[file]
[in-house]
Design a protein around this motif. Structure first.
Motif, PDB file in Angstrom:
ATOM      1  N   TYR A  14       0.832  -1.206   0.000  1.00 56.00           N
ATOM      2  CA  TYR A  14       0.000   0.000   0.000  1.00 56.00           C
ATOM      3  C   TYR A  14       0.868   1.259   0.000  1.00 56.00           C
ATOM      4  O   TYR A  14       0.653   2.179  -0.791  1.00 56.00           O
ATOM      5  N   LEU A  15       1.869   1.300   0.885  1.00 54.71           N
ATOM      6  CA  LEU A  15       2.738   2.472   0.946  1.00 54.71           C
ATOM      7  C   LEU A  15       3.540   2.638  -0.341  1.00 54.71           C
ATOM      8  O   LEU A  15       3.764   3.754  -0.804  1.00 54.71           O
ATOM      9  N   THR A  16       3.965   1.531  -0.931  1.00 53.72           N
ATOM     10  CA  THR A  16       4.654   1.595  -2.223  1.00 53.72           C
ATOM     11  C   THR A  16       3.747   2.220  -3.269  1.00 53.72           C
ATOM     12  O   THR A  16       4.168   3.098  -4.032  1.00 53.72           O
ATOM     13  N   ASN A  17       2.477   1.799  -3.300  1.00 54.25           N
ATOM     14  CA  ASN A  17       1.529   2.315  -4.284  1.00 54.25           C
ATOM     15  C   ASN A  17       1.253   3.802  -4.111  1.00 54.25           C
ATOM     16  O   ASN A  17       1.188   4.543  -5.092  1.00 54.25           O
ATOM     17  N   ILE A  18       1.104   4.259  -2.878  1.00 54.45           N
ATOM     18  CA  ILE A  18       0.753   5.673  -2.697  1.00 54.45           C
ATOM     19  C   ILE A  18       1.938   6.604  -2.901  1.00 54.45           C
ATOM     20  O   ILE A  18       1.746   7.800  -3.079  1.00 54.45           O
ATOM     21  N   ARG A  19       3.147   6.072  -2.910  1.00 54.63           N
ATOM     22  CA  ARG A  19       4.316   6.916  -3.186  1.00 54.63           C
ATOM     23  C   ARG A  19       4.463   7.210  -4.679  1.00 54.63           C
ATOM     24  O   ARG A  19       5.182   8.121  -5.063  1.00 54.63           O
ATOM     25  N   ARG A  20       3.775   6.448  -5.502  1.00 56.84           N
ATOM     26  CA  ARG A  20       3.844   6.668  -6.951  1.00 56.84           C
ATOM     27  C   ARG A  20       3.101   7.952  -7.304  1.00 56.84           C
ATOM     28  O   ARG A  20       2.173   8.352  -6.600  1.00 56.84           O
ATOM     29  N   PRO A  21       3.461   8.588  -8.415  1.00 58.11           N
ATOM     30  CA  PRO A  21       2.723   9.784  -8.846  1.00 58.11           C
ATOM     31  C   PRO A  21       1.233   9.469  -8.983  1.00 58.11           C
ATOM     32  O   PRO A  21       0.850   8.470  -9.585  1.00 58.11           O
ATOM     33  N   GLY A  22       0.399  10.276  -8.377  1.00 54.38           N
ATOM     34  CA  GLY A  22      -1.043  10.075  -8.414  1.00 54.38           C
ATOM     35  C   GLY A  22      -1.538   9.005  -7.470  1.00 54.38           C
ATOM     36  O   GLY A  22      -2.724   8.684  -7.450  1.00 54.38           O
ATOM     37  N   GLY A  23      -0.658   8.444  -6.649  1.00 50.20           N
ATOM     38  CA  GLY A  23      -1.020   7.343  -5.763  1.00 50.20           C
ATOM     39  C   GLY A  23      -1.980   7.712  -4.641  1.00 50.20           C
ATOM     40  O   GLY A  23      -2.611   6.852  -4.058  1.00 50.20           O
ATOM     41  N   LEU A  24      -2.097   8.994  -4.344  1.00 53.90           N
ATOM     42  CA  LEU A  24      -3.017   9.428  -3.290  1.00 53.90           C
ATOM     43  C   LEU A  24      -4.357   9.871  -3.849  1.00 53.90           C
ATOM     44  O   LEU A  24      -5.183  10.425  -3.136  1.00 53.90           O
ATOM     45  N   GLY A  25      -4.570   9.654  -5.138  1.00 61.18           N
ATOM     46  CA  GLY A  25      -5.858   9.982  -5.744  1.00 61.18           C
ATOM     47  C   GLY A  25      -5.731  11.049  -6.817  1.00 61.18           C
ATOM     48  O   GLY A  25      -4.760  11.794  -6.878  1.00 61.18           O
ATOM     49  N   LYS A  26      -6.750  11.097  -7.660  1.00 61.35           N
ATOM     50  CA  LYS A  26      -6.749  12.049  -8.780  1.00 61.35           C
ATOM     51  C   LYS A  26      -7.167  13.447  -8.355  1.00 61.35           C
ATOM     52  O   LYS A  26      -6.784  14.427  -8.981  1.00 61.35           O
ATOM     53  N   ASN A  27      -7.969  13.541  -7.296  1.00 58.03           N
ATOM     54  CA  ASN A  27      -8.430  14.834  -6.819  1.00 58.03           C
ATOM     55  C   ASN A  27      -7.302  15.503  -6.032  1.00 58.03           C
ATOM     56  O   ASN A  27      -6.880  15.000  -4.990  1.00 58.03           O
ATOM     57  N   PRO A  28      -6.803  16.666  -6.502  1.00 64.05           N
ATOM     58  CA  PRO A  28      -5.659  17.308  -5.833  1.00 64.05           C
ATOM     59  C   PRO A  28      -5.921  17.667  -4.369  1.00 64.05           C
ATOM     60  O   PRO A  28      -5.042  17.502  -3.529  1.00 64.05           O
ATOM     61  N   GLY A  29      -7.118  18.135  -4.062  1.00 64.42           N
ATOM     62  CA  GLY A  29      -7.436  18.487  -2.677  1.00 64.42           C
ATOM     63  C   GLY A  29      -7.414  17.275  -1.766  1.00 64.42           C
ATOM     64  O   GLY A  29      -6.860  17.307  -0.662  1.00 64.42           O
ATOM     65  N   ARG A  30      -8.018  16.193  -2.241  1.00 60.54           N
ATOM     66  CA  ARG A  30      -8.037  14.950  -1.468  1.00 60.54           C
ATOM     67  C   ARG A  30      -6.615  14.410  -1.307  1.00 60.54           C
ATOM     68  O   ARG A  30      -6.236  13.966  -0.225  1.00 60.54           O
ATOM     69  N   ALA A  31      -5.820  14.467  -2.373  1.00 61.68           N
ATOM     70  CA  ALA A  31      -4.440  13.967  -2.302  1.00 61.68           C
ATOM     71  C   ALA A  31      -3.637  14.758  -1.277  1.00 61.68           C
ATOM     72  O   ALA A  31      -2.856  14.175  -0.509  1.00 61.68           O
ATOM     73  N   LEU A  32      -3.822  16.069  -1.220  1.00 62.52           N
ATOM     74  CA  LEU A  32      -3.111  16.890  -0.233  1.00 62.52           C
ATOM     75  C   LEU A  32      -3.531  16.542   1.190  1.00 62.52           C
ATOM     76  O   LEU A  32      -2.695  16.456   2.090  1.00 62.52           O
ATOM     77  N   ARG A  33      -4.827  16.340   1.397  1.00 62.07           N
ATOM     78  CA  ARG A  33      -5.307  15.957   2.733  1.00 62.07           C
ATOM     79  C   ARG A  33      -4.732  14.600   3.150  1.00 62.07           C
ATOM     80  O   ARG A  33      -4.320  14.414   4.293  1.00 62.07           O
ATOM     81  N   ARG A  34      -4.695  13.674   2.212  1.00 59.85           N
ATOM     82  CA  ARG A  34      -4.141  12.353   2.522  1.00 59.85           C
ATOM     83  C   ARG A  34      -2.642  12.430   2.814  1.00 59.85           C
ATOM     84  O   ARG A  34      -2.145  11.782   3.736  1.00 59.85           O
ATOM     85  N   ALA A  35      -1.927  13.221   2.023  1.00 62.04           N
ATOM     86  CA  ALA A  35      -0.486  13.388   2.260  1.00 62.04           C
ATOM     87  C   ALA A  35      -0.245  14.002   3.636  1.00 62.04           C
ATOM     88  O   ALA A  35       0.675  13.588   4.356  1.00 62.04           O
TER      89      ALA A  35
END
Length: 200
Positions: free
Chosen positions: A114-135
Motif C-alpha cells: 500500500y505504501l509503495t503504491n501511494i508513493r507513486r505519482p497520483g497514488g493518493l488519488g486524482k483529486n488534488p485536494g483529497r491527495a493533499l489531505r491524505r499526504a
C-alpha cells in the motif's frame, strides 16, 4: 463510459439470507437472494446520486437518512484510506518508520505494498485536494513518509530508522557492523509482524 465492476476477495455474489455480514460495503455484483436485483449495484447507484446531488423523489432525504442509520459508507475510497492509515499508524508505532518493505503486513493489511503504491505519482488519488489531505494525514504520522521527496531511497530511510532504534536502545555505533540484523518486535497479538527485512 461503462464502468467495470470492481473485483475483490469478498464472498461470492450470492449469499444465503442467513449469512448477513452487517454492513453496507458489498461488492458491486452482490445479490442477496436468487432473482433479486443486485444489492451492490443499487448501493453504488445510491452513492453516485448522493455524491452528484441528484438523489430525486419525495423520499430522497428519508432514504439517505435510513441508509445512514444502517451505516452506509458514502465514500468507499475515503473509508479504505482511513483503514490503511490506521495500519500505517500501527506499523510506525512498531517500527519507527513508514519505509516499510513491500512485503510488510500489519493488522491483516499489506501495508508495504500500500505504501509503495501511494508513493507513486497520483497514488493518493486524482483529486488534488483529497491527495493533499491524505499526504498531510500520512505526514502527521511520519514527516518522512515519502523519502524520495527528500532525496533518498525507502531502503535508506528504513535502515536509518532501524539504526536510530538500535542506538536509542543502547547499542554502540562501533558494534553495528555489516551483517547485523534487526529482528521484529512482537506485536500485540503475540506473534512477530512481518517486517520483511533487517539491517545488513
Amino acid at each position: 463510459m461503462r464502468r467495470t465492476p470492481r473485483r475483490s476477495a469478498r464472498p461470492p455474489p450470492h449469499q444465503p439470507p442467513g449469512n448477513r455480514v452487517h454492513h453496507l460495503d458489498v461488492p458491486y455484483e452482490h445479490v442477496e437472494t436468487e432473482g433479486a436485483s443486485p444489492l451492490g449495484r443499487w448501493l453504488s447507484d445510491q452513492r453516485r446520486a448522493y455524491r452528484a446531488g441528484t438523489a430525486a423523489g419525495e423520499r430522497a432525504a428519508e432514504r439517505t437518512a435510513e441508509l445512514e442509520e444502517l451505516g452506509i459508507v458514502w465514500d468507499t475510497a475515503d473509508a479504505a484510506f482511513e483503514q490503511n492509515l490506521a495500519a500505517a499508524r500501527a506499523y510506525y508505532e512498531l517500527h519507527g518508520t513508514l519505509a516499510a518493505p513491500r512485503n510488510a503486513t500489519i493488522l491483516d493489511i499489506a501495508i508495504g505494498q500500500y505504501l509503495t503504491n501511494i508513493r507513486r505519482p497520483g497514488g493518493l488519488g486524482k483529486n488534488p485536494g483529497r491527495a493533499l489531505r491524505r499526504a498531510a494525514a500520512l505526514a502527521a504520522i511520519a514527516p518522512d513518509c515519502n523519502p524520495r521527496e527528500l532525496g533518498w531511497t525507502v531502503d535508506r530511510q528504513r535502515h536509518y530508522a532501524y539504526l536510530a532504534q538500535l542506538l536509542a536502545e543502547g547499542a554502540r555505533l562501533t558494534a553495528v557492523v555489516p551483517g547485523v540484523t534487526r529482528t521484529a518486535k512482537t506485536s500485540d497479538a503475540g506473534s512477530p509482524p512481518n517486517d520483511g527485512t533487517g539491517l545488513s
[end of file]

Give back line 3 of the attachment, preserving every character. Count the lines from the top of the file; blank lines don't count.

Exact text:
Motif, PDB file in Angstrom: